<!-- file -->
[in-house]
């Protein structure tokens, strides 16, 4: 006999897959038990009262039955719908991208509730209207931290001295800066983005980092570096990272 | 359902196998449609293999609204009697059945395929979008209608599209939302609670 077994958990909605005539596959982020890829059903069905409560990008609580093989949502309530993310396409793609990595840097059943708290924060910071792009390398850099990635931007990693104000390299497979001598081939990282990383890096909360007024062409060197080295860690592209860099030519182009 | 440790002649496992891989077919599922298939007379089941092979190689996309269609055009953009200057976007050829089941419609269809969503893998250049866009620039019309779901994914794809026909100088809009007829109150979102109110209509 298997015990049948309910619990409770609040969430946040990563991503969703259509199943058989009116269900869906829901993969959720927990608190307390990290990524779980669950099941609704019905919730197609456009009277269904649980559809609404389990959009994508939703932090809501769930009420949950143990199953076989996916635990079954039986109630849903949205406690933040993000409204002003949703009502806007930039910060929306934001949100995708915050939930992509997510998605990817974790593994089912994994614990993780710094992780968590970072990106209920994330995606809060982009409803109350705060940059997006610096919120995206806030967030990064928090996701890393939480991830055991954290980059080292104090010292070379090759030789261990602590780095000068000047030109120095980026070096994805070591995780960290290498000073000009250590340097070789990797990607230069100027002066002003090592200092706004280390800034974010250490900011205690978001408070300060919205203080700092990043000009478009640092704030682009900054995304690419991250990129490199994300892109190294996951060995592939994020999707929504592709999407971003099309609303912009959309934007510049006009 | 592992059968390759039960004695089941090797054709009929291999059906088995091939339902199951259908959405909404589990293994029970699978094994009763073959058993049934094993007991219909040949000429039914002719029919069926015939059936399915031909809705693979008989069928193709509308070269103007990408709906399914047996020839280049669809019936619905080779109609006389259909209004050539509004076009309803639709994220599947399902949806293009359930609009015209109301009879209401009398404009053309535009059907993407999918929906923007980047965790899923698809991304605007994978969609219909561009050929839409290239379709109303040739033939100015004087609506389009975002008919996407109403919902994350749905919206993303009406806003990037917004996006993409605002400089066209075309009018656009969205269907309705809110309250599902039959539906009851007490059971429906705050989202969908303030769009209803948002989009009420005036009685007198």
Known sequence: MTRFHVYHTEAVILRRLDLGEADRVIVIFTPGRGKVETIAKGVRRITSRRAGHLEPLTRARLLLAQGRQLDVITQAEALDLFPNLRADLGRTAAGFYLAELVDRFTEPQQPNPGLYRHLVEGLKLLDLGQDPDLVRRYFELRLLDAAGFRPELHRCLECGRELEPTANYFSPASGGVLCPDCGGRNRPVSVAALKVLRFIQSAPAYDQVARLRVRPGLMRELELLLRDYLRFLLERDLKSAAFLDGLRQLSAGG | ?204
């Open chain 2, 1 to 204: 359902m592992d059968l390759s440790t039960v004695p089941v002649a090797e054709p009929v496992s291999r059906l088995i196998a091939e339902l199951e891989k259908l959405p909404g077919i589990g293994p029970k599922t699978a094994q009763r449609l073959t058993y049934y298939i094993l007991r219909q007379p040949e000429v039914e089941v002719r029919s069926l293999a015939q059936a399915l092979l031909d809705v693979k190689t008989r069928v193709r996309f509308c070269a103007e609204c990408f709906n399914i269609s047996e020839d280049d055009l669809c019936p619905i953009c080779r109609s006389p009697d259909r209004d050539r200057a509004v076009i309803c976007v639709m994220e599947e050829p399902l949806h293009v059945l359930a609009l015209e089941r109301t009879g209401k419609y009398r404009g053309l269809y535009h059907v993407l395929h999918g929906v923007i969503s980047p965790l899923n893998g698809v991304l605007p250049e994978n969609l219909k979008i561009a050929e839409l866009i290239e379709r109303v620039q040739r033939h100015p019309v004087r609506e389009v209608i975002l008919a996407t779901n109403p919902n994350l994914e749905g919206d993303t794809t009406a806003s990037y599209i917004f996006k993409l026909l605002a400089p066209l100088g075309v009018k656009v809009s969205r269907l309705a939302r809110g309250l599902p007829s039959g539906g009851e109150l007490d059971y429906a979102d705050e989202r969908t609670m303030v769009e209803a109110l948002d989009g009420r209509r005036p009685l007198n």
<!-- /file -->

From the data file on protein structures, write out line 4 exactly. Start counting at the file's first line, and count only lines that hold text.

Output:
């Open chain 2, 1 to 204: 359902m592992d059968l390759s440790t039960v004695p089941v002649a090797e054709p009929v496992s291999r059906l088995i196998a091939e339902l199951e891989k259908l959405p909404g077919i589990g293994p029970k599922t699978a094994q009763r449609l073959t058993y049934y298939i094993l007991r219909q007379p040949e000429v039914e089941v002719r029919s069926l293999a015939q059936a399915l092979l031909d809705v693979k190689t008989r069928v193709r996309f509308c070269a103007e609204c990408f709906n399914i269609s047996e020839d280049d055009l669809c019936p619905i953009c080779r109609s006389p009697d259909r209004d050539r200057a509004v076009i309803c976007v639709m994220e599947e050829p399902l949806h293009v059945l359930a609009l015209e089941r109301t009879g209401k419609y009398r404009g053309l269809y535009h059907v993407l395929h999918g929906v923007i969503s980047p965790l899923n893998g698809v991304l605007p250049e994978n969609l219909k979008i561009a050929e839409l866009i290239e379709r109303v620039q040739r033939h100015p019309v004087r609506e389009v209608i975002l008919a996407t779901n109403p919902n994350l994914e749905g919206d993303t794809t009406a806003s990037y599209i917004f996006k993409l026909l605002a400089p066209l100088g075309v009018k656009v809009s969205r269907l309705a939302r809110g309250l599902p007829s039959g539906g009851e109150l007490d059971y429906a979102d705050e989202r969908t609670m303030v769009e209803a109110l948002d989009g009420r209509r005036p009685l007198n």